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The adaptable Andy Farrell | Ireland coach establishes his identity in New Zealand win

Andy Farrell had a lot of moving parts in his Ireland team that beat New Zealand. The success of each highlights his adaptability, creating his identity as a coach.

Cian Fahey
Cian Fahey

21:33 15 Nov 2021



Cian Fahey
Cian Fahey

21:33 15 Nov 2021


Andy Farrell's identity shone through in Ireland's performance against New Zealand. His ability to manage different players, different situations and set up in different ways allowed his squad to excel.

Andy Farrell didn't have his own identity when he was announced as Joe Schmidt's heir.

Farrell was England's defence coach under Stuart Lancaster from 2011 to 2015. He was Schmidt's defence coach with Ireland from 2016 to 2019. He was given the job when Schmidt announced his departure because he was the next man up on Schmidt's staff. At least, that's what it seemed like from the outside looking in.

Ireland were at the peak of the Schmidt era then. Everyone wanted to keep it going. So keeping Farrell as his next-in-line made sense.

By the time Farrell actually took over, nobody wanted anything to do with Joe Schmidt rugby anymore. It failed at the World Cup. It failed before the World Cup. And it was boring to watch. The prospect of Farrell continuing it inspired nobody. During his first Six Nations in charge, the only real differences were the absences of Rob Kearney and Rory Best.

For a while, it looked like the same stubbornness and rigid approach would linger. But Saturday's victory over the All Blacks not only suggested Ireland have reached a new level, it revealed Andy Farrell's identity as a head coach.

Adaptability.

Ireland built their success against New Zealand on many pillars. Schmidt deserves a lot of credit for the foundation, but the way in which Farrell has adjusted the side and managed different players in his squad is critical. Keith Wood explained this week how Paul O'Connell has impacted the Ireland pack.

Farrell brought O'Connell in after he had already assembled his staff. Ireland's playing style wasn't changing so Farrell rejigged his staff in January of this year. Simon Easterby moved to full-time defence coach, Mike Catt remained as attack coach and O'Connell took over as forwards coach with John Fogarty as scrum coach.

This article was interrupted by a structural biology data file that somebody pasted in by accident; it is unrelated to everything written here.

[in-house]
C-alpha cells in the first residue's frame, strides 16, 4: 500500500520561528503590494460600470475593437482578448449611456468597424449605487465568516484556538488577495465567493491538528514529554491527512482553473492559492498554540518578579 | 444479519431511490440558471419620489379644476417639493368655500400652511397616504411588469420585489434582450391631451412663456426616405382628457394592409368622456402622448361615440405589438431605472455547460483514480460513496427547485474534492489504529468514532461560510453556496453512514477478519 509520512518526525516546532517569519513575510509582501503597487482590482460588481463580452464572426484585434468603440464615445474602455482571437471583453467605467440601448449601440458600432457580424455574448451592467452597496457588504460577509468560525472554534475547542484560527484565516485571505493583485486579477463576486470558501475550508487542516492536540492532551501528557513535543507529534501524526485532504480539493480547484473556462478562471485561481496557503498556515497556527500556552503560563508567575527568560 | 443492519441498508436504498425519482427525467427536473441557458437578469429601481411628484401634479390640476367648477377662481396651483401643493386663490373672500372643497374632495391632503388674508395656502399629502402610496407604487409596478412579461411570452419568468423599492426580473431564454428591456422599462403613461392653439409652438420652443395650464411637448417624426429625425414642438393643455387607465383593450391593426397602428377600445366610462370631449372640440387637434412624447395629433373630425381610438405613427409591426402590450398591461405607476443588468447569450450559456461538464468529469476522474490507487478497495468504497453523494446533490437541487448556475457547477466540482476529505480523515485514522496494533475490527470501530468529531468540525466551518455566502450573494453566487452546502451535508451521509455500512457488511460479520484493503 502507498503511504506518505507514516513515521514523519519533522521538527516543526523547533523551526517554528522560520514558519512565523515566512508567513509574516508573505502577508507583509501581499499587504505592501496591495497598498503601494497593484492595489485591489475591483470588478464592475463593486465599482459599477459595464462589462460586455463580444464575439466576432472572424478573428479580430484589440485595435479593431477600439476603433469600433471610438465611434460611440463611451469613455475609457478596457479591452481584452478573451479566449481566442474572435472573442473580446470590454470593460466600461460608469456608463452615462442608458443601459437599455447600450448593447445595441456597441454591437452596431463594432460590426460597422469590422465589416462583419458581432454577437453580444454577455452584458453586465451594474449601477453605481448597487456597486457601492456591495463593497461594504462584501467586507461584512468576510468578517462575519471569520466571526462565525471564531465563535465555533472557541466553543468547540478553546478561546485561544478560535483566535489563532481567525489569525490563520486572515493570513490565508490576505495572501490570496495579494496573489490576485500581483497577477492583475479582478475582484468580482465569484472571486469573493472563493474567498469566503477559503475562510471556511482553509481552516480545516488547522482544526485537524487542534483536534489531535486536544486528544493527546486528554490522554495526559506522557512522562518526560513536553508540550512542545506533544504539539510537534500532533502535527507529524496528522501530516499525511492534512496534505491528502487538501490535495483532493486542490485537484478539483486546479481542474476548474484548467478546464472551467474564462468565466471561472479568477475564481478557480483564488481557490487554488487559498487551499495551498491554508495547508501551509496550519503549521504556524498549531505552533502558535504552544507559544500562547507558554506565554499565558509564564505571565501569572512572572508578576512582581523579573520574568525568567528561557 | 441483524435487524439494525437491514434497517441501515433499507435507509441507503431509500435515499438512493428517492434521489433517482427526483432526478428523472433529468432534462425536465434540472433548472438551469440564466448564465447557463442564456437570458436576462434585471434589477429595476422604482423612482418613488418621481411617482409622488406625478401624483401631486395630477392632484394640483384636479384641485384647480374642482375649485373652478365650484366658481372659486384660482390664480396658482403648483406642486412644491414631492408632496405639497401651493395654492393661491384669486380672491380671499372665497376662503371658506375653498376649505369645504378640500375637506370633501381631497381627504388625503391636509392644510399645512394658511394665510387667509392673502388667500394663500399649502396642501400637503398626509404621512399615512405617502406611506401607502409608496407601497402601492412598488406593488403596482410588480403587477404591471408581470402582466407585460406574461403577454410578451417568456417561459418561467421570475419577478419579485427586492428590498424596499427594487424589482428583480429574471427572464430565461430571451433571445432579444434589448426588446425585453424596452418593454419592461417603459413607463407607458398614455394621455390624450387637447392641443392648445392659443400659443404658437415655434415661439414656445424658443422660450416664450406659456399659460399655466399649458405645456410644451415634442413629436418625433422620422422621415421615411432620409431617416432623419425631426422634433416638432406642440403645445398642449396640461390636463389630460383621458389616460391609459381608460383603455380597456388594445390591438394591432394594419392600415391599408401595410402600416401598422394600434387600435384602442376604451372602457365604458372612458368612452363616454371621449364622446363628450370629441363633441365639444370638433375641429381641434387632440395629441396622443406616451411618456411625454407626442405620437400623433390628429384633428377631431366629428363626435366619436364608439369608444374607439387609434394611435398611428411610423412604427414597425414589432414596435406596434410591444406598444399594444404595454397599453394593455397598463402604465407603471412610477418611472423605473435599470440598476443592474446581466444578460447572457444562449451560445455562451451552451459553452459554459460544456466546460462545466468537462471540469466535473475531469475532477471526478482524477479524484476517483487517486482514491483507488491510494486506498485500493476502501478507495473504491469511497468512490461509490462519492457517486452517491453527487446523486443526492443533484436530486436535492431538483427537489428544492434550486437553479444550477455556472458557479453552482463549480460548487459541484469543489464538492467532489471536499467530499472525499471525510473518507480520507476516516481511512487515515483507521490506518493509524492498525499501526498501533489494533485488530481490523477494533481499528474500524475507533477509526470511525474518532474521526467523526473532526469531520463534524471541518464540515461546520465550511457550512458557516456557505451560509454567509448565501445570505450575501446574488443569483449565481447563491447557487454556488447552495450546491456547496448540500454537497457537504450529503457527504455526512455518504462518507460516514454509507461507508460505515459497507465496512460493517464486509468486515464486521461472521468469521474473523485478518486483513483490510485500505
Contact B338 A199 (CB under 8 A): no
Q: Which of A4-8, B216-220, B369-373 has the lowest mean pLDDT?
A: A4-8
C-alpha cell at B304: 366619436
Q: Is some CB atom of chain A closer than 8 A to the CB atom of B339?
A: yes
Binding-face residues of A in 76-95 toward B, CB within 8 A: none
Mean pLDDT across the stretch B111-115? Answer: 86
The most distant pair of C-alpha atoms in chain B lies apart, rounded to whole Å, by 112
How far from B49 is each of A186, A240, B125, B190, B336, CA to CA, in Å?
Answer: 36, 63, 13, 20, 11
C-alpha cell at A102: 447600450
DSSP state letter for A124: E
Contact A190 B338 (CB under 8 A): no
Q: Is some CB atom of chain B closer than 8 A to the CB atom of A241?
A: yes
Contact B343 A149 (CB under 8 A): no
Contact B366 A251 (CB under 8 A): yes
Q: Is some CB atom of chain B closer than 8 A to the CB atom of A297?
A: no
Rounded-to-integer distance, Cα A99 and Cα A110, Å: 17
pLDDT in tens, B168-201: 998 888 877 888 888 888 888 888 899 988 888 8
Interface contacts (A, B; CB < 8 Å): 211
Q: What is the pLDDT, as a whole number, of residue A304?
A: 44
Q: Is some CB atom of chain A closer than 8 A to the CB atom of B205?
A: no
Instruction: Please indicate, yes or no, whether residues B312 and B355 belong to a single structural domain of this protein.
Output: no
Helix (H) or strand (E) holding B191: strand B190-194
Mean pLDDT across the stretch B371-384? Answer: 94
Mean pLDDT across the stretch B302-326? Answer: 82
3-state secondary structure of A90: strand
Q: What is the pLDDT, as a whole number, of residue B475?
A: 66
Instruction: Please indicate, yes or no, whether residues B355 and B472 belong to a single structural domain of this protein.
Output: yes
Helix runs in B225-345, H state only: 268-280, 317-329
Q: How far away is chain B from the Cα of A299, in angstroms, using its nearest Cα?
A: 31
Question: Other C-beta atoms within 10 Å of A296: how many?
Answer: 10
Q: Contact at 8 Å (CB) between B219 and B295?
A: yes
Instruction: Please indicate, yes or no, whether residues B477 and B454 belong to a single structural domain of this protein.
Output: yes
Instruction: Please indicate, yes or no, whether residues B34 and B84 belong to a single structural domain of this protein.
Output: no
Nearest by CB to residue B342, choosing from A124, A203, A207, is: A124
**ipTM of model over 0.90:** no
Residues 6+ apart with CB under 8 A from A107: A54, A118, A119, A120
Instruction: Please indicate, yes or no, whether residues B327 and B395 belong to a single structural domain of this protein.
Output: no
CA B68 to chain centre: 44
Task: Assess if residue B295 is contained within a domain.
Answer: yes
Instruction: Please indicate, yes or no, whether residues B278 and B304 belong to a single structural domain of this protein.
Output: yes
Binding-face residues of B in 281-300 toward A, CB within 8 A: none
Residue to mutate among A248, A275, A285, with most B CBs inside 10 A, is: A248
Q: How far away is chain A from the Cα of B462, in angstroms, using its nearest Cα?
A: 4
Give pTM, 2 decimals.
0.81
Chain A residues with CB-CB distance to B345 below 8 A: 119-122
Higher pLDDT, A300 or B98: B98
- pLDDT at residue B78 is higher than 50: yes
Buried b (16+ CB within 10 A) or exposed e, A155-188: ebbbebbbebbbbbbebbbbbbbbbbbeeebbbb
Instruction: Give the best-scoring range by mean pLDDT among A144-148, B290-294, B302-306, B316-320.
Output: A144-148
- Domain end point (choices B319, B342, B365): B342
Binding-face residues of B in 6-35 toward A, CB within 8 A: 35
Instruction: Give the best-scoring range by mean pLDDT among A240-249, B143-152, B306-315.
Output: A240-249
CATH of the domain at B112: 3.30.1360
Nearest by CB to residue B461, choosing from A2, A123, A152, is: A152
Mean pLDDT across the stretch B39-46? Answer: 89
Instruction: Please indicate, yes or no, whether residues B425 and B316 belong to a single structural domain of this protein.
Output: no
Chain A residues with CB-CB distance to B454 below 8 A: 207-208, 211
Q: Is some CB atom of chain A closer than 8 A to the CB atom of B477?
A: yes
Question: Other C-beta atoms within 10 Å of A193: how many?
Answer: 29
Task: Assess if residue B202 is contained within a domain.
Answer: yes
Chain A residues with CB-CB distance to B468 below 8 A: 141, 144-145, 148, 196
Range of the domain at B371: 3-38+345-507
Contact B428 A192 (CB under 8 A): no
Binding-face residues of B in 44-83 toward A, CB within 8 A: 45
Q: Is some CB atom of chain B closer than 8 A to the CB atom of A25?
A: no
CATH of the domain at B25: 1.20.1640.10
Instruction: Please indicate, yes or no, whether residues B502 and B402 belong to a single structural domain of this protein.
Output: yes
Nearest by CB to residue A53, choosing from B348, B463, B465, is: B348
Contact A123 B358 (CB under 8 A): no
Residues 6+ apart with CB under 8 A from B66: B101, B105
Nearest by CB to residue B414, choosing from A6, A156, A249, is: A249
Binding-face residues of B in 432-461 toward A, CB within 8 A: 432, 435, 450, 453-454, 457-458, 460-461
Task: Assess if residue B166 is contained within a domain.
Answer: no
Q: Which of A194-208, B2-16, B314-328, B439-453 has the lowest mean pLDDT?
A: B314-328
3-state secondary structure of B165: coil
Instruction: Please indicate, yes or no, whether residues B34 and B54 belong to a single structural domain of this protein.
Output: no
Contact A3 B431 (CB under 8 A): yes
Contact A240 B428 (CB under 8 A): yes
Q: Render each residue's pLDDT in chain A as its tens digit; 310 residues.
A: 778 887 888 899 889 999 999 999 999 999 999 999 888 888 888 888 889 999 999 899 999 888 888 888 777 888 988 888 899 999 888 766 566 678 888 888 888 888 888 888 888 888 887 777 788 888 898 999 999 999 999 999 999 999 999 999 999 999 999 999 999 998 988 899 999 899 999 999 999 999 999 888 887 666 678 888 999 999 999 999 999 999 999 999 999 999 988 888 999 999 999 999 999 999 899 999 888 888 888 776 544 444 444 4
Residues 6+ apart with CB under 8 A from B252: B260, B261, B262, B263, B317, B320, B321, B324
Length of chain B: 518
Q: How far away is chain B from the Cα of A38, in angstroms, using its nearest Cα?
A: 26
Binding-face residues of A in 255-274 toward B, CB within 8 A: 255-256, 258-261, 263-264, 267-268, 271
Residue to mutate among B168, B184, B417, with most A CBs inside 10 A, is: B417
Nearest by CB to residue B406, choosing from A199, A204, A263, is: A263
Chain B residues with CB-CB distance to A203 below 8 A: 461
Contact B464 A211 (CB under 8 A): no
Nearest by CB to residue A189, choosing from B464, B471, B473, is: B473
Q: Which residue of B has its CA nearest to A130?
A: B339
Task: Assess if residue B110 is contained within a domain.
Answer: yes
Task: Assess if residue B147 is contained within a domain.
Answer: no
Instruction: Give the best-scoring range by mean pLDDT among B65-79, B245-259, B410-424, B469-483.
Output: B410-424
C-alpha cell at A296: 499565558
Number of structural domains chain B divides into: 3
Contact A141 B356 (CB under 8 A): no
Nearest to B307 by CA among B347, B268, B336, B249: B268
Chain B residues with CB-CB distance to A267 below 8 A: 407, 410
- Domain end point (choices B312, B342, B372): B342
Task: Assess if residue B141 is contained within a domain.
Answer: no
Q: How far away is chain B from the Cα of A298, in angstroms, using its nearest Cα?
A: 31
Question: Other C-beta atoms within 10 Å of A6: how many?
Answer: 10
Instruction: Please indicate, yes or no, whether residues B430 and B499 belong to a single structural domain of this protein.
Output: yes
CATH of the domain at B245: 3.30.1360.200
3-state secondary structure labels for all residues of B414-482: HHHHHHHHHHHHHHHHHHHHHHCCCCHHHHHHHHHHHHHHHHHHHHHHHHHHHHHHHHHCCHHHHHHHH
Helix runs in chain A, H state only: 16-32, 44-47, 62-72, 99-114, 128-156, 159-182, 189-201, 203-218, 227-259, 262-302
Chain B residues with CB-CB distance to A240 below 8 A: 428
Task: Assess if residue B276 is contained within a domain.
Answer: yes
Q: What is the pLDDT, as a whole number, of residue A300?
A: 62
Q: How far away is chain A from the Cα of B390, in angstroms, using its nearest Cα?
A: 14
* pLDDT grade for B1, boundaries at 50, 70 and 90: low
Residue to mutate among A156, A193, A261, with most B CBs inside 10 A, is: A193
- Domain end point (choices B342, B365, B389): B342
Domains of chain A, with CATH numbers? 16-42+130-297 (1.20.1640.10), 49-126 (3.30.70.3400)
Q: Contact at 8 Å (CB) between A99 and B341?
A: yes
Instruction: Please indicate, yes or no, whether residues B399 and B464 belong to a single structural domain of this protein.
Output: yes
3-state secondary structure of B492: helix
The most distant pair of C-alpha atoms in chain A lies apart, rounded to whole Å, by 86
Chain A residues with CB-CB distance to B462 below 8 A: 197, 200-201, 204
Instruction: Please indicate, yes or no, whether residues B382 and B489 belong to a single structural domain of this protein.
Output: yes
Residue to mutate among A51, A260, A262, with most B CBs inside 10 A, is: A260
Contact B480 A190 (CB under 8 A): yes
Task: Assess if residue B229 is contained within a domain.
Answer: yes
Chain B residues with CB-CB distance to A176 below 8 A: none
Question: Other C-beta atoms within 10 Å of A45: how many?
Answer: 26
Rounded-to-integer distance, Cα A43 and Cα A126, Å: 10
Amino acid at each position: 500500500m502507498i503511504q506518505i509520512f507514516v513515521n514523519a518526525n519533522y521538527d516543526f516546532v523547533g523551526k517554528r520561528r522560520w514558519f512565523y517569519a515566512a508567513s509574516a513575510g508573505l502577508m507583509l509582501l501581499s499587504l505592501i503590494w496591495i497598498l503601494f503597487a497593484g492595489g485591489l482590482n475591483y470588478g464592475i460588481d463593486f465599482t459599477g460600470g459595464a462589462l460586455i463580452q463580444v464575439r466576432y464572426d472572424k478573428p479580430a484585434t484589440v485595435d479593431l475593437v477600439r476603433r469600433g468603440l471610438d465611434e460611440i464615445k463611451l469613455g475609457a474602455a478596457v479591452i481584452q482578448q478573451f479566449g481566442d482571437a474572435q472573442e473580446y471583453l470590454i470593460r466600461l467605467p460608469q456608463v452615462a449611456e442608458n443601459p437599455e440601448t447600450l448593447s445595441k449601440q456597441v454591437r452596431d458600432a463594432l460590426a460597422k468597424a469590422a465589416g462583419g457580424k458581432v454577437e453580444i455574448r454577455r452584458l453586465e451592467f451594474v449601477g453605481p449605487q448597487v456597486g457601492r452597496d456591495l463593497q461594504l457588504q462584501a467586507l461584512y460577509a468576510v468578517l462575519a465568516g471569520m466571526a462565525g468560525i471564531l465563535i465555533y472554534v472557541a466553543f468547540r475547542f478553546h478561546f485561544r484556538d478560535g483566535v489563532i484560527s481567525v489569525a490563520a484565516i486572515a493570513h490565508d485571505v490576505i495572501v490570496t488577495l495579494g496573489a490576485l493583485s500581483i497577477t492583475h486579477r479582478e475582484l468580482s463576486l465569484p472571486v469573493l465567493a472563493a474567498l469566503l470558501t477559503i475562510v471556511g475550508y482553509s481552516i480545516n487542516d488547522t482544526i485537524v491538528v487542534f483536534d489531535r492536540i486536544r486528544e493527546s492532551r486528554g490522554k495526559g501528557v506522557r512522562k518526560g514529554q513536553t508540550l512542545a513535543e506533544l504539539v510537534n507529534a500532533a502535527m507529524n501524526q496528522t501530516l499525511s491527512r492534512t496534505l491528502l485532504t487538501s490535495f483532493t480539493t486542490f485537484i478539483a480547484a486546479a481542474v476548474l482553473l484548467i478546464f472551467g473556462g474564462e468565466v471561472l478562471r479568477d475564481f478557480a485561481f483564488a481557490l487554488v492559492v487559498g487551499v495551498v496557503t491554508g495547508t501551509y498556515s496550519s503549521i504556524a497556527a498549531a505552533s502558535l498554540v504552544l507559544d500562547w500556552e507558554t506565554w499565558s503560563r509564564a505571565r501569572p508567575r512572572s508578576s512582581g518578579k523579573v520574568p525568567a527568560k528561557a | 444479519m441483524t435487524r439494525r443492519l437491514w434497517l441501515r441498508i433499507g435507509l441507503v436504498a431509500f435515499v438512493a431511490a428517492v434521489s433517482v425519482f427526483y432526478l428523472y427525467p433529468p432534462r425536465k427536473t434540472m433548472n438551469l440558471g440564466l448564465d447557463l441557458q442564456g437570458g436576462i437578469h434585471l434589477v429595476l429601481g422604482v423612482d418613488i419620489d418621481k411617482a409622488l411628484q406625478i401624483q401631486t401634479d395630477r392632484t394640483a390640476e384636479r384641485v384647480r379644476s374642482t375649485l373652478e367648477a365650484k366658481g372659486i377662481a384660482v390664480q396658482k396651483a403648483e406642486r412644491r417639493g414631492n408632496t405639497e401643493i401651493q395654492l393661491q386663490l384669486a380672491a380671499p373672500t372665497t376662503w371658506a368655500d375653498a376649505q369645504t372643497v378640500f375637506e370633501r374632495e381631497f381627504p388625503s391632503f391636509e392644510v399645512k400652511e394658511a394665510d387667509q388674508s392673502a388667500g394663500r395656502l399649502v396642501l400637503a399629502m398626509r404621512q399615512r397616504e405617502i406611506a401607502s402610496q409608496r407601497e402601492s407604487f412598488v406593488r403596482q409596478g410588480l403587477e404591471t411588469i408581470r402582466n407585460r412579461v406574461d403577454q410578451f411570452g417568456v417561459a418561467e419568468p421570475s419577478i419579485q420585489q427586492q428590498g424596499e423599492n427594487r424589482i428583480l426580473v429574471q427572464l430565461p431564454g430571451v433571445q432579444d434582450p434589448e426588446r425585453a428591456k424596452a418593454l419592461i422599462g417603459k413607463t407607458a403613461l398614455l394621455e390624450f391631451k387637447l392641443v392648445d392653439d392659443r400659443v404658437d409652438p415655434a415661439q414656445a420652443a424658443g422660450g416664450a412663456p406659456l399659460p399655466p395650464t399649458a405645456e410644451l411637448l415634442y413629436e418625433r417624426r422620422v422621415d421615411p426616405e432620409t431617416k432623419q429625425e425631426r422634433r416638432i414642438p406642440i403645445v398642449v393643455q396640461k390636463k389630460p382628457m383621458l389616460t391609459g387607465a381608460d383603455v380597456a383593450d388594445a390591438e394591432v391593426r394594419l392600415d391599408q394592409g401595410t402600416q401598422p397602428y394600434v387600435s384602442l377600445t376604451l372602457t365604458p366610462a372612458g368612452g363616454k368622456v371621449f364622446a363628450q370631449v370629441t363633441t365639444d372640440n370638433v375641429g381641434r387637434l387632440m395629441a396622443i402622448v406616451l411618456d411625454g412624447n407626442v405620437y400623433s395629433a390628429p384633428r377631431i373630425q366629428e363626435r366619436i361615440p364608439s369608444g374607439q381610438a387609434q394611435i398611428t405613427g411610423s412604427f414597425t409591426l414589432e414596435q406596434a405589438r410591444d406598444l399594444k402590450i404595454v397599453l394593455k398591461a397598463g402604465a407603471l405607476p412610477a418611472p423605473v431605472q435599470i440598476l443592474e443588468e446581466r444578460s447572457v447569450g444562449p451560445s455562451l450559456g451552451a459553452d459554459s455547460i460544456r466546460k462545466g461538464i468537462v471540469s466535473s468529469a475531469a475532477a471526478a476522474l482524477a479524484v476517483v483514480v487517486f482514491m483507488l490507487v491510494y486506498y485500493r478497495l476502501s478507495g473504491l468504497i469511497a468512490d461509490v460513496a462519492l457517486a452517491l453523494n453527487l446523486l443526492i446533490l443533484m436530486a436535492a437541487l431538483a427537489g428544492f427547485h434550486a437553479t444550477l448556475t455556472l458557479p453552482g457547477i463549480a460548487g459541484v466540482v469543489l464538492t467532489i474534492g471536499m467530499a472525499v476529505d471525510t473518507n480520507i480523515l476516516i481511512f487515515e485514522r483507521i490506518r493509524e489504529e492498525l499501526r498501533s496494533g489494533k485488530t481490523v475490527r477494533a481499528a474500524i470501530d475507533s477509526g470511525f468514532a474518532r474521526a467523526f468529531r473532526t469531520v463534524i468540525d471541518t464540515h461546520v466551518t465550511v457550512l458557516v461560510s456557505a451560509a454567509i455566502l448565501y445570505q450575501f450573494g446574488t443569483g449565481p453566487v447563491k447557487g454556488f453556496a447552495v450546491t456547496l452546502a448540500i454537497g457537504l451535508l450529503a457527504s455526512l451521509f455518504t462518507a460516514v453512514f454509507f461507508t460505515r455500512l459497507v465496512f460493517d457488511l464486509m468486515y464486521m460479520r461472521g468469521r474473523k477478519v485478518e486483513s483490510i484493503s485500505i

That gave the team clarity and gave the coaches clarity. Easterby was no longer splitting his role between forwards and defence coach.

O'Connell had established relationships with some of the senior players. He was an inspirational choice for the younger players. Farrell has always carried a reputation as a players coach. When Simon Zebo was in France, he was never shy about highlighting his difficult relationship with Schmidt.

Yet he always spoke highly of Farrell, even before he became the team's head coach.

When Zebo returned to Ireland he wasn't immediately included in the squad. He also didn't feature against Japan or New Zealand. Farrell hasn't played favourites with his team selection. Take Ireland's starting wingers over the last two weeks, both Andrew Conway and James Lowe have had individual challenges over the last 24 months. Both have been in and out of the Ireland starting 15.

Farrell's handling of Lowe was particularly important.

He spoke about that after the Japan game.

“James had a little bit of a wake-up call. He went away and understood how he needed to prepare for international rugby. His preparation is through the roof in comparison to what it was before. He’s learned the hard way. There’s a few things that he needs to get better from today as well but his attitude is in the right place.

“He finds a way into the game. He’s not a tidy player but neither do we want our players to be tidy players. He finds a way into the game, he’s in great nick, he’s lost a bit of weight and is fit.”